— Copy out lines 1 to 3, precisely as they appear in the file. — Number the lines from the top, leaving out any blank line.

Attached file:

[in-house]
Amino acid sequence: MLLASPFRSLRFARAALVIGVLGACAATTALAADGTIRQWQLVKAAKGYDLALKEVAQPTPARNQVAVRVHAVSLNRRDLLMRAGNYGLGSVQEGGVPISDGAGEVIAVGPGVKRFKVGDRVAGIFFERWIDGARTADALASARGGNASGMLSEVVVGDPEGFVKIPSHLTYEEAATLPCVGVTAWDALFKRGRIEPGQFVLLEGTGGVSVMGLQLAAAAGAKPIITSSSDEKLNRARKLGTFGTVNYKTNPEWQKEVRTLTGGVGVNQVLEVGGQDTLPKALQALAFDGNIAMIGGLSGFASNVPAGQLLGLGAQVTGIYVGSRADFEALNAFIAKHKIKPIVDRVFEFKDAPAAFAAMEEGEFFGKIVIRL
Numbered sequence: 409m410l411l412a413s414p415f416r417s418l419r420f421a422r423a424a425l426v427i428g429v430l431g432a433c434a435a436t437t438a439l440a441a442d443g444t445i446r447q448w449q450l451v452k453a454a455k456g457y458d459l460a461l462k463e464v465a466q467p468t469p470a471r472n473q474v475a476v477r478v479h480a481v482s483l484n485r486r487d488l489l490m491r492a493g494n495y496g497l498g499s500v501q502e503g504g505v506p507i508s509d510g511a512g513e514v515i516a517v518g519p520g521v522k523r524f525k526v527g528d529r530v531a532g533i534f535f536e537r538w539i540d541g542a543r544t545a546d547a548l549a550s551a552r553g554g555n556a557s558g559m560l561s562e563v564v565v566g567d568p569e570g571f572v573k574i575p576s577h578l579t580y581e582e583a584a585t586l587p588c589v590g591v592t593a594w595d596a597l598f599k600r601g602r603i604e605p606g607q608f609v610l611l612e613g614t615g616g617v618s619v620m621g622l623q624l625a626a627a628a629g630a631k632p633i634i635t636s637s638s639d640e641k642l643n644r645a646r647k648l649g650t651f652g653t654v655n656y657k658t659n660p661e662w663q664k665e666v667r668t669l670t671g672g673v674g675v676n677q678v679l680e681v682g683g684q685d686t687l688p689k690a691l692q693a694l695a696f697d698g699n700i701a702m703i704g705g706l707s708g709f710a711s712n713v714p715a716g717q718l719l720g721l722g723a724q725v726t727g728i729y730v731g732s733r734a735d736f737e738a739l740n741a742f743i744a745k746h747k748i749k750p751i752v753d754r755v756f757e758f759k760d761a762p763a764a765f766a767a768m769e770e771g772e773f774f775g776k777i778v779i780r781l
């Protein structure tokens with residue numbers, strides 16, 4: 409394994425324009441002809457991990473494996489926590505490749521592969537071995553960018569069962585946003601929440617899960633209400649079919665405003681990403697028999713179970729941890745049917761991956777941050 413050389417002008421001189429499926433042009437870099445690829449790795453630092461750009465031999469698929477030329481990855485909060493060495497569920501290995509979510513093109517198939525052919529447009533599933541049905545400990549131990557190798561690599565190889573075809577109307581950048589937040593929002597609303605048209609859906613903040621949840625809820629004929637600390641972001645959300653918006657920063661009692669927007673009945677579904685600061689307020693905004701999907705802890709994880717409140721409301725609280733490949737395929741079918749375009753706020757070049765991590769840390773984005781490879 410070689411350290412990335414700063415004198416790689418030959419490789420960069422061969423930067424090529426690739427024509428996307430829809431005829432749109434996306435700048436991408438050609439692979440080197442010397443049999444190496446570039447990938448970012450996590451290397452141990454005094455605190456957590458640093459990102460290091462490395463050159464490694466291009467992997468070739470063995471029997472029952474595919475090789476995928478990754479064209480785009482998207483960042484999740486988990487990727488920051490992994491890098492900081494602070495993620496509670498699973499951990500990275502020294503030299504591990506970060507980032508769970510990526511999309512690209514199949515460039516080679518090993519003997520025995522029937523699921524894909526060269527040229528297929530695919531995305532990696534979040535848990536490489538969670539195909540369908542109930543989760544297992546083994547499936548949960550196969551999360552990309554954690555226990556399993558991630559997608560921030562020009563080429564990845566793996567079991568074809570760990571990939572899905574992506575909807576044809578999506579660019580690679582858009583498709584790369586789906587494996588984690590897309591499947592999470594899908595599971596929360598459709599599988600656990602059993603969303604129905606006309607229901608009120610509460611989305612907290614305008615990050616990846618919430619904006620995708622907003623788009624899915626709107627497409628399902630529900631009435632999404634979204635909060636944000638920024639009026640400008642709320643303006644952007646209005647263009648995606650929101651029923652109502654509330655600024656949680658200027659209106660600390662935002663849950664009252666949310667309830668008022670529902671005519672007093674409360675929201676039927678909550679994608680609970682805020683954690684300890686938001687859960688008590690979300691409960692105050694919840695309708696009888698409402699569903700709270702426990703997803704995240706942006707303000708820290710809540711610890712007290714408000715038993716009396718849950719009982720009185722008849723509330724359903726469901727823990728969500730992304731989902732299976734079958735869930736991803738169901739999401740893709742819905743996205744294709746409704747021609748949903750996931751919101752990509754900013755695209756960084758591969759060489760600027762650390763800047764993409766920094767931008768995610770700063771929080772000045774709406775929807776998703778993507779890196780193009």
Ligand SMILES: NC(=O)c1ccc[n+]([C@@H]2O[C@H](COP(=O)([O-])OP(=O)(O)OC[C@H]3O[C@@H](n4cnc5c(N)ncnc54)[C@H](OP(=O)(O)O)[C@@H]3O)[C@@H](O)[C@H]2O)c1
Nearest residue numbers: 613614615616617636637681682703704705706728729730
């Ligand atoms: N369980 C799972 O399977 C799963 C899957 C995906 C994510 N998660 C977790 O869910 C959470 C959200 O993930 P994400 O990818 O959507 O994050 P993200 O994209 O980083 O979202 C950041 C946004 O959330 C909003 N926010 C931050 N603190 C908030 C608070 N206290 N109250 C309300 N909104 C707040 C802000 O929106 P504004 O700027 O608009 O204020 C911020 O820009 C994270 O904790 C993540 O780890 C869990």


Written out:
[in-house]
Amino acid sequence: MLLASPFRSLRFARAALVIGVLGACAATTALAADGTIRQWQLVKAAKGYDLALKEVAQPTPARNQVAVRVHAVSLNRRDLLMRAGNYGLGSVQEGGVPISDGAGEVIAVGPGVKRFKVGDRVAGIFFERWIDGARTADALASARGGNASGMLSEVVVGDPEGFVKIPSHLTYEEAATLPCVGVTAWDALFKRGRIEPGQFVLLEGTGGVSVMGLQLAAAAGAKPIITSSSDEKLNRARKLGTFGTVNYKTNPEWQKEVRTLTGGVGVNQVLEVGGQDTLPKALQALAFDGNIAMIGGLSGFASNVPAGQLLGLGAQVTGIYVGSRADFEALNAFIAKHKIKPIVDRVFEFKDAPAAFAAMEEGEFFGKIVIRL
Numbered sequence: 409m410l411l412a413s414p415f416r417s418l419r420f421a422r423a424a425l426v427i428g429v430l431g432a433c434a435a436t437t438a439l440a441a442d443g444t445i446r447q448w449q450l451v452k453a454a455k456g457y458d459l460a461l462k463e464v465a466q467p468t469p470a471r472n473q474v475a476v477r478v479h480a481v482s483l484n485r486r487d488l489l490m491r492a493g494n495y496g497l498g499s500v501q502e503g504g505v506p507i508s509d510g511a512g513e514v515i516a517v518g519p520g521v522k523r524f525k526v527g528d529r530v531a532g533i534f535f536e537r538w539i540d541g542a543r544t545a546d547a548l549a550s551a552r553g554g555n556a557s558g559m560l561s562e563v564v565v566g567d568p569e570g571f572v573k574i575p576s577h578l579t580y581e582e583a584a585t586l587p588c589v590g591v592t593a594w595d596a597l598f599k600r601g602r603i604e605p606g607q608f609v610l611l612e613g614t615g616g617v618s619v620m621g622l623q624l625a626a627a628a629g630a631k632p633i634i635t636s637s638s639d640e641k642l643n644r645a646r647k648l649g650t651f652g653t654v655n656y657k658t659n660p661e662w663q664k665e666v667r668t669l670t671g672g673v674g675v676n677q678v679l680e681v682g683g684q685d686t687l688p689k690a691l692q693a694l695a696f697d698g699n700i701a702m703i704g705g706l707s708g709f710a711s712n713v714p715a716g717q718l719l720g721l722g723a724q725v726t727g728i729y730v731g732s733r734a735d736f737e738a739l740n741a742f743i744a745k746h747k748i749k750p751i752v753d754r755v756f757e758f759k760d761a762p763a764a765f766a767a768m769e770e771g772e773f774f775g776k777i778v779i780r781l